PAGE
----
Australia’s state-based online information resources can provide vital records to help you grow your family tree or relocate living relatives. If you are just starting your family history research, read about Australia's free national resources first, to locate records of any interactions your family may have had with the government - such as immigration, military service, naturalisation, and patent applications. Also look for news or family announcements published in newspapers.
Details revealed in Australia's national resources may provide clues to help you pin-point and refine your searches in the relevant state records, and vice versa.
Information to be found in the free national records may include addresses or states, occupations and skills, employment sponsors, character references, physical descriptions, medical records, details of next-of-kin, parents, spouses and children, place of birth, letters, signatures, and sometimes even photos.
States & Territories
Australia consists of six states and two main territories, with each administering their own government information resources and providing different levels of coverage and online access to historical records. Some online offerings are very generous, and some quite limited.
For early periods, note the evolution of the states and territories, as it may impact your research (eg. Victorian records prior to 1851 and Queensland records prior to 1859 may be included in NSW).
"SKETCH MAP OF AUSTRALIA." West Australian Sunday Times
(Perth, WA : 1897 - 1902) 2 Apr 1899: 5. Web. 7 Jun 2014
The timeframe for searching will be different for every family, and in every state, but the starting point for state-based family research in Australia is generally the state registries of births, deaths and marriages, and state archives/records offices and libraries (see links further below).
To trace your Australian families backwards, start with yourself and follow the BDM certificate trail for each line, combined with clues from other records to locate the various families’ places of origin.
- Utilise immigration records, naturalisation records, obituaries, wills and probate documents, cemetery and headstone records, land records, employment and education details, newspaper articles and family notices, children’s birth/marriage records, and photo collections online.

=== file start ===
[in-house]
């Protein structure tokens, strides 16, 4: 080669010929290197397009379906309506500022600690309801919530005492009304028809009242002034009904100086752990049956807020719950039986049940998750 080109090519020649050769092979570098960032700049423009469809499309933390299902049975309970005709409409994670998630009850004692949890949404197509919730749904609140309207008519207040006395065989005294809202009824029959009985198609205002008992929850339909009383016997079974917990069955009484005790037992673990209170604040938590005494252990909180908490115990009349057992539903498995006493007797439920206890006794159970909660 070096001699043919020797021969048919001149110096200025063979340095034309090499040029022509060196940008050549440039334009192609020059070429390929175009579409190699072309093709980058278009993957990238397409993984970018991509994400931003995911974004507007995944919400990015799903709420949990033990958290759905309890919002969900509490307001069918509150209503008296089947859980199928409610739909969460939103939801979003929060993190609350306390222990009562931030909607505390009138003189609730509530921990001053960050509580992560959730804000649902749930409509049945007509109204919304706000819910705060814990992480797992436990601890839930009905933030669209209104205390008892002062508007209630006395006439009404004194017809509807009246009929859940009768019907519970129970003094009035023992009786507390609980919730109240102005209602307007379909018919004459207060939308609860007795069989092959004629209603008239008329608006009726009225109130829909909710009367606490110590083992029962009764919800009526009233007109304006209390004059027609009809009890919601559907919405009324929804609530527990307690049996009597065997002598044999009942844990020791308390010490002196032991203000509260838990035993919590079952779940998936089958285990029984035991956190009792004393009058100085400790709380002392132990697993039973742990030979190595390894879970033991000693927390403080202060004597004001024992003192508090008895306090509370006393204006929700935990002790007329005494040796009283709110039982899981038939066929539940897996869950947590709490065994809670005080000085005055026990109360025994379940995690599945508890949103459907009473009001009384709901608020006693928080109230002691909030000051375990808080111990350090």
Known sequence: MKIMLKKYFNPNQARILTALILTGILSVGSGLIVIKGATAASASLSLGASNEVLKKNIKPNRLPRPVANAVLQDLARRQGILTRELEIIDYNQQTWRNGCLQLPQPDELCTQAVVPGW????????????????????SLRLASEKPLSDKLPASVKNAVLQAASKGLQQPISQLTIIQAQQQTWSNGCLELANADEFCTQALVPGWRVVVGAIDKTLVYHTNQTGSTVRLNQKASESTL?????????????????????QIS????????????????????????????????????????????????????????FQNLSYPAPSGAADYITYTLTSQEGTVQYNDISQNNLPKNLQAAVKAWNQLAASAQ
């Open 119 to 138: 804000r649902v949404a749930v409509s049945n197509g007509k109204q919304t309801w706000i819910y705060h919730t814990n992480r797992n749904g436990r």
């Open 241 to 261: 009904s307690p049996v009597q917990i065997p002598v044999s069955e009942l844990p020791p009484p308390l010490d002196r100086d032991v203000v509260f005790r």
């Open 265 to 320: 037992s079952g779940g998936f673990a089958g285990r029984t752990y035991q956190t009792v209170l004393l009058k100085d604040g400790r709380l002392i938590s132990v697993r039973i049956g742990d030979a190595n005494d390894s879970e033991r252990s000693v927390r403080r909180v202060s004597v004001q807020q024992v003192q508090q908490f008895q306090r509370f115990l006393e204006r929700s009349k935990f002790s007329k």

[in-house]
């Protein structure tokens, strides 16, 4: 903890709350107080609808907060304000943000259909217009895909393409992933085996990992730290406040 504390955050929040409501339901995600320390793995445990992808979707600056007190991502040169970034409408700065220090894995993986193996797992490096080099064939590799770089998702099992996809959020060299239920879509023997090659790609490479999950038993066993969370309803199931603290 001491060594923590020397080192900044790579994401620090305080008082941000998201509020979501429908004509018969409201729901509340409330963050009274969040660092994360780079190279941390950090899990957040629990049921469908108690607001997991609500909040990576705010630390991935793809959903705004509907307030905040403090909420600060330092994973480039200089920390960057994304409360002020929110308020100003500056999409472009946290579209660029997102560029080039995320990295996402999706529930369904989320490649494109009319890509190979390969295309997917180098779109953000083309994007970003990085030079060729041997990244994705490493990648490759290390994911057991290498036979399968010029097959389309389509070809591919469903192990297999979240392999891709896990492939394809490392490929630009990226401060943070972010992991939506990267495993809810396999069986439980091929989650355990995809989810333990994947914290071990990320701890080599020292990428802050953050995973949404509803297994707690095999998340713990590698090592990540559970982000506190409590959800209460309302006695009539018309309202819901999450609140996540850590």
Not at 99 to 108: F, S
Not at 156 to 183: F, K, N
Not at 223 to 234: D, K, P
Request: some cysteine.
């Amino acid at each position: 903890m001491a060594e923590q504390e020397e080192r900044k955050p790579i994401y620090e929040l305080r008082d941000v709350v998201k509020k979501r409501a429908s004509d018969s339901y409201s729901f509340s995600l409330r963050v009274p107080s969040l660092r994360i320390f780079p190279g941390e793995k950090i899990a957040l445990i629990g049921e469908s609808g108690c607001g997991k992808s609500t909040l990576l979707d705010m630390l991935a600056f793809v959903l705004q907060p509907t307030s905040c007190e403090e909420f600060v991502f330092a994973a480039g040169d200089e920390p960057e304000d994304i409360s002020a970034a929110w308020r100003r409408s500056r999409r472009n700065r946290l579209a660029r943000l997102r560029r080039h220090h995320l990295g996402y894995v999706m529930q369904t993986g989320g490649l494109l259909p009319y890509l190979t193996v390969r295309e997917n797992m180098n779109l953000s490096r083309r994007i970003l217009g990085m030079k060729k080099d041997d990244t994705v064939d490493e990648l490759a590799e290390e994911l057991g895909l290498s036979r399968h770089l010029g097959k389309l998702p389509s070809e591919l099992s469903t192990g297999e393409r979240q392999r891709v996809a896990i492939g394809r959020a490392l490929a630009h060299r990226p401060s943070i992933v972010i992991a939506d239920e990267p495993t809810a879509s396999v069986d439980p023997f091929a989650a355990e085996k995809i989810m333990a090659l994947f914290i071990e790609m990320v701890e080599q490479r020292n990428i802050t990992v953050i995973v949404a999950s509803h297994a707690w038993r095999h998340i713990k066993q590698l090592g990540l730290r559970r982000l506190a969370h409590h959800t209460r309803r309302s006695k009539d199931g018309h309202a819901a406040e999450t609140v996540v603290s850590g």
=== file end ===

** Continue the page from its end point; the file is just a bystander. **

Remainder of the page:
To locate your living relatives or their descendants in Australia, start tracing forwards from clues in immigration records or early electoral roll information.
- BDM certificate availability is restricted for recent generations/decades, although some states publish marriages indexes up to 1965, deaths indexes up to 1988, and will & probate records to more recent years.
- Electoral rolls are available online at Ancestry and FindMyPast for most states up to 1980, so children born up to late 1962 may be included, possibly with their parents.
- More recent electoral rolls are available in some local and state library collections. Current electoral rolls (in electronic form) can only be inspected in person at any Australian Electoral Commission office (no photos or digital copies can be taken).
- Electoral rolls include full names and occupations, and addresses that can be cross-checked with current telephone directories to see if a family member still resides at the same address.
- Search social media profiles and school reunion sites.
- Contact me for assistance in tracing living relatives.
Search online family trees for clues and connections.
- Try GenealogyInTime's Family Tree Search Engine to search many family tree sites at once.
- Try GenealogyInTime's Genealogy Search Engine to search billions of free and unique ancestral records.
- Use www.google.com.au to search for Australian information, as Google Australia gives preference to Australian results which may not be as easily found using international Google sites.
- Try www.millionshort.com to exclude the top paid and pushed results from your searches.
- Historical birth, death and marriage images and certificates can be purchased online.
- Queensland State Archives (QSA) includes an online index of records for family historians, including immigration & shipping (some digitised), criminal, naturalisations, wills, inquests, hospital, land, some professions, and a variety of other records.
ArchiveSearch & Image Queensland.
- State Library of Queensland (SLQ) has published Family history info guides, Family history videos, Picture Queensland, SLQ Photos on Flickr as well as numerous records on OneSearch, which can be refined to include digitised collections only. If you live in Queensland and have a library card, you can apply to access eResources from home.
New South Wales
- NSW Registry of Births Deaths & Marriages includes indexes to births, deaths and marriages, and certificates can be purchased directly from the index results.
- NSW State Records hosts various searchable collections, including indexes Online which comprises records on immigration & shipping, convicts, land, naturalisations, professions, education, census, and more.
- NSWSR also has a Keyword Search tool to search many indexes at once, Guides and Finding Aids, Research Topics, and Photo Investigator.